In another life, she might have flown the friendly skies -- but a flair for technology and love of flowers took her down other paths, and she never looked back.
The daughter of Maybelle St. Clair and Donald T. Hull, she attended Memphis State University, where she earned a degree in psychology.
One of her sons, Frank Law Jr. of Canton, said his mother originally sought a career as a Pan Am stewardess, but her vision made that impossible. "IBM recruited her," Mr. Law said of his mother, so she went to work programming, and teaching at that firm.
At a Christmas party in the 1970s, life took another turn. She met Frank Law Sr., whom she'd eventually wed. For the next several years, she helped him build his architectural hardware firm. She was a familiar sight at the 14th Street business and at company functions. Along the way, Frank and Claire had two sons -- Frank Jr. and Clifton.
Eventually, the pair parted -- and another path opened up. Ms. Law took on Wreaths and Things, a home-based boutique specializing in wreaths and floral arrangements. Interior designer Wrenda Crain worked with her friend on projects, and Ms. Law helped her decorate her Destin, Fla., home.
"She had such a decorative knack for picking lovely things," said Mrs. Crain. She said even if flowers weren't quite the right color, Ms. Law "would paint silk flowers to match a home's decor." Her friend's favorites included peony and foxglove, and, she added, "She would not have them any way but perfect. She brought beauty wherever she went."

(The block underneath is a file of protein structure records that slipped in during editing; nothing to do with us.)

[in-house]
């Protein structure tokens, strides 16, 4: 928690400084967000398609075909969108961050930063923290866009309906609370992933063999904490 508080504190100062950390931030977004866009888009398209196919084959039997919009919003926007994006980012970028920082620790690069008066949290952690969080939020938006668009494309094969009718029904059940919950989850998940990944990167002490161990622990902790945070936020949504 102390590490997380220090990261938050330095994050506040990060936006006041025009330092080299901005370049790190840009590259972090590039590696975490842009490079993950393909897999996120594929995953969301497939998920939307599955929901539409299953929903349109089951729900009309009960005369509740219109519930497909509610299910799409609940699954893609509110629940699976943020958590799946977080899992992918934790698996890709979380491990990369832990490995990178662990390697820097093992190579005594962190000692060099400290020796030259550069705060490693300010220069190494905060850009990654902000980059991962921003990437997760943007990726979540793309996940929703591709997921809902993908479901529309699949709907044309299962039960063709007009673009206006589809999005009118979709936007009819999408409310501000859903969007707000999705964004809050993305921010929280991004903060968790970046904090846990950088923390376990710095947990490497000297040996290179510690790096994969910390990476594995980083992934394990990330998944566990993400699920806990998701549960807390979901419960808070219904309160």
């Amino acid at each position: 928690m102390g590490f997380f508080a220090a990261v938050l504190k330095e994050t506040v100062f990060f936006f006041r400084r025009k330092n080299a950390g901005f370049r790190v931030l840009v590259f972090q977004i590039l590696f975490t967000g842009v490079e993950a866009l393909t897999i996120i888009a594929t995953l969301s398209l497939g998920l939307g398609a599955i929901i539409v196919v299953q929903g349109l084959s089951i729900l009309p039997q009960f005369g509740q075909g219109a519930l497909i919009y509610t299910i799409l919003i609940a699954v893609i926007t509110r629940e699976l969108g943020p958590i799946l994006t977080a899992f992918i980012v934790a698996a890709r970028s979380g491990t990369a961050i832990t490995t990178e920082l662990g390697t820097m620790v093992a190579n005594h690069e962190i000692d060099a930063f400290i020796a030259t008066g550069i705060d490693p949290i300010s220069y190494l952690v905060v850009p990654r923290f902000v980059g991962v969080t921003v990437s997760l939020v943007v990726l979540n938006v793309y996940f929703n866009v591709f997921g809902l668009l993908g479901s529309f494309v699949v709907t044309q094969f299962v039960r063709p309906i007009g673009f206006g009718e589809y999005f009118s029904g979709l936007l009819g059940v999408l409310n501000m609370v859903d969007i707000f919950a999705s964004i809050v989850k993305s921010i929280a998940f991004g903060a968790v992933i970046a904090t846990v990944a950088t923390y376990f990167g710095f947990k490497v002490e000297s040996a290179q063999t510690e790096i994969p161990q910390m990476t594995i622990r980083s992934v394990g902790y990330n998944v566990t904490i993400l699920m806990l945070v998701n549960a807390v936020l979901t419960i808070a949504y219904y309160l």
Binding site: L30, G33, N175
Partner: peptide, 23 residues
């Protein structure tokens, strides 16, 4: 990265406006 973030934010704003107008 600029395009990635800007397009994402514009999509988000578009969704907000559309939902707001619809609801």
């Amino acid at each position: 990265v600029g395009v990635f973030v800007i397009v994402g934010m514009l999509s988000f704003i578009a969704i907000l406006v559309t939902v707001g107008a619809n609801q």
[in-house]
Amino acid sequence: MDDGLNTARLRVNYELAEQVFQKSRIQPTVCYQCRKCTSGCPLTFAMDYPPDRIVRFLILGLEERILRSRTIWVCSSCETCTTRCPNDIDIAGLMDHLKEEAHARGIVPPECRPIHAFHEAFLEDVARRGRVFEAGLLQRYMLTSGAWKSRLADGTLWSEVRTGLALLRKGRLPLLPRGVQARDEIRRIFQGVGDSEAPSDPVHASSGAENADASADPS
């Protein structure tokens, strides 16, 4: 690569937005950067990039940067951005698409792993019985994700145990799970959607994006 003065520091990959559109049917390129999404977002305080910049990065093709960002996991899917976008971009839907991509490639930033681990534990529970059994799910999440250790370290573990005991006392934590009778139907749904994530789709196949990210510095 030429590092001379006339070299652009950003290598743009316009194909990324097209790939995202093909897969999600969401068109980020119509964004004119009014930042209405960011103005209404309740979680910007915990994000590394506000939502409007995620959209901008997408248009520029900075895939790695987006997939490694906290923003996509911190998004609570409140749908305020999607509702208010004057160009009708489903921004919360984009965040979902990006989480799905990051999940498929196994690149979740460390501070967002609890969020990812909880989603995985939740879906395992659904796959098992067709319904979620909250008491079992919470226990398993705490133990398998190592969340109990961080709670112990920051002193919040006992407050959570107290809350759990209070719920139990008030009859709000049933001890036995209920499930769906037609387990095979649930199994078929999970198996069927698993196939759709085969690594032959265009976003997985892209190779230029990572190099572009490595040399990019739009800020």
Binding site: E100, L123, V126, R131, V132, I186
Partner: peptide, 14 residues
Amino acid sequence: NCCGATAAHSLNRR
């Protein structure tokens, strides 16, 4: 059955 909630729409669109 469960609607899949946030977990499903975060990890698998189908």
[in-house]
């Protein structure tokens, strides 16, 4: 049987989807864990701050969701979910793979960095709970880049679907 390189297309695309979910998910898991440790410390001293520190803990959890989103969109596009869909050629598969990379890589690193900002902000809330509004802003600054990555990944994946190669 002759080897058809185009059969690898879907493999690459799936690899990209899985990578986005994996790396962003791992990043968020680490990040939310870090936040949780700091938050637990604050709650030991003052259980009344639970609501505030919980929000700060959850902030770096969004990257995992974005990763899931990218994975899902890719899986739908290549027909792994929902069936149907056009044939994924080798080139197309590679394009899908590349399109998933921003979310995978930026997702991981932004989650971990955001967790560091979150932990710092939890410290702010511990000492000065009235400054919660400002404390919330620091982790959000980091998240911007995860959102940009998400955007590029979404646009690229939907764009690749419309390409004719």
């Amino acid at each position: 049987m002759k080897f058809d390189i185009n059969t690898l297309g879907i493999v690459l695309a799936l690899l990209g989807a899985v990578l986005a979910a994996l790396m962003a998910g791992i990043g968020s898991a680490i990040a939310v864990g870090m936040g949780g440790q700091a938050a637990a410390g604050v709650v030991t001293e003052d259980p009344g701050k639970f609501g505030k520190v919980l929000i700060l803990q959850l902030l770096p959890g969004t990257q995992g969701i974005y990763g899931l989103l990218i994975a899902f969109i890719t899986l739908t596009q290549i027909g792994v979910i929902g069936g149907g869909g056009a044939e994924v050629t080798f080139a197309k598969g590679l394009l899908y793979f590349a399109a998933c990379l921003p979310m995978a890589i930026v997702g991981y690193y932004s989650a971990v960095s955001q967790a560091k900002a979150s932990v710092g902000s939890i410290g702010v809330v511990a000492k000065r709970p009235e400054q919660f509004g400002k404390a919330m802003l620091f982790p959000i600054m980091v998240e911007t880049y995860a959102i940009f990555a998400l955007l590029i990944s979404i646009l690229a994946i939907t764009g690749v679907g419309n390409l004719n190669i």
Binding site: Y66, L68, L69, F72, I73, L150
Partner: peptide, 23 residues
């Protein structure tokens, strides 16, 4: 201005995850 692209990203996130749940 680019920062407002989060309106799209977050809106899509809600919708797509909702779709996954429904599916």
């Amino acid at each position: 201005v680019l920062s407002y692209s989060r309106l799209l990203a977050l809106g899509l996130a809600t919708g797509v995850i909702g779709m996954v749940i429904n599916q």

Claire Ann Hull Law of Atlanta died of cancer June 1. She was 67. The funeral was held Friday at Johnson Ferry Baptist Church in Marietta. H.M. Patterson and Son Oglethorpe Hill is in charge of arrangements.
Longtime friend Frances Westbrook called Ms. Law "very creative and very thoughtful. And, if you received a thank you note from her, you knew it would never be perfunctory. She would fill out both sides of that card. I know that the people who knew her all had a ‘Claire' story."
Frank Law Jr. recalled the joy his mother took in family, and in entertaining his childhood friends. Last Halloween, he said, she visited his family and spent the evening passing out treats to neighborhood children.
While friends will remember Ms. Law for an artful eye, and love of pink, they also will tell of a fighting spirit.
"I think the most amazing thing to me was her strength. Up to the end, she was able to get herself up to go to treatments, and to the store," said Mrs. Crain. She said her friend attended Bible study at North Avenue Presbyterian Church and remained a favorite with the church's prayer group.
"She was a very strong person -- strong in her will, and strong in her faith," added Mrs. Crain. "She never gave up on pursuing ways to cure her cancer. She was steadfast, and she persevered."
Faye Hull, whose husband is Ms. Law's first cousin, noted, "She was very petite -- but there was nothing small about the fight she put up. I look at her as a Southern belle in her manners, her actions and her speech. I never heard her complain about her illness. I asked her last month, ‘Are you in pain?' She said, ‘I wouldn't call it pain. I'd call it uncomfortable.' "
Other survivors include another son, Clifton Law of Athens, and a sister, Donna Bodron of Heber Springs, Ark.
Support real journalism. Support local journalism. Subscribe to The Atlanta Journal-Constitution today. See offers.
Your subscription to the Atlanta Journal-Constitution funds in-depth reporting and investigations that keep you informed. Thank you for supporting real journalism.
Download the new AJC app. More local news, more breaking news and in-depth journalism. AJC.com. Atlanta. News. Now.
Download the new AJC app. More local news, more breaking news and in-depth journalism.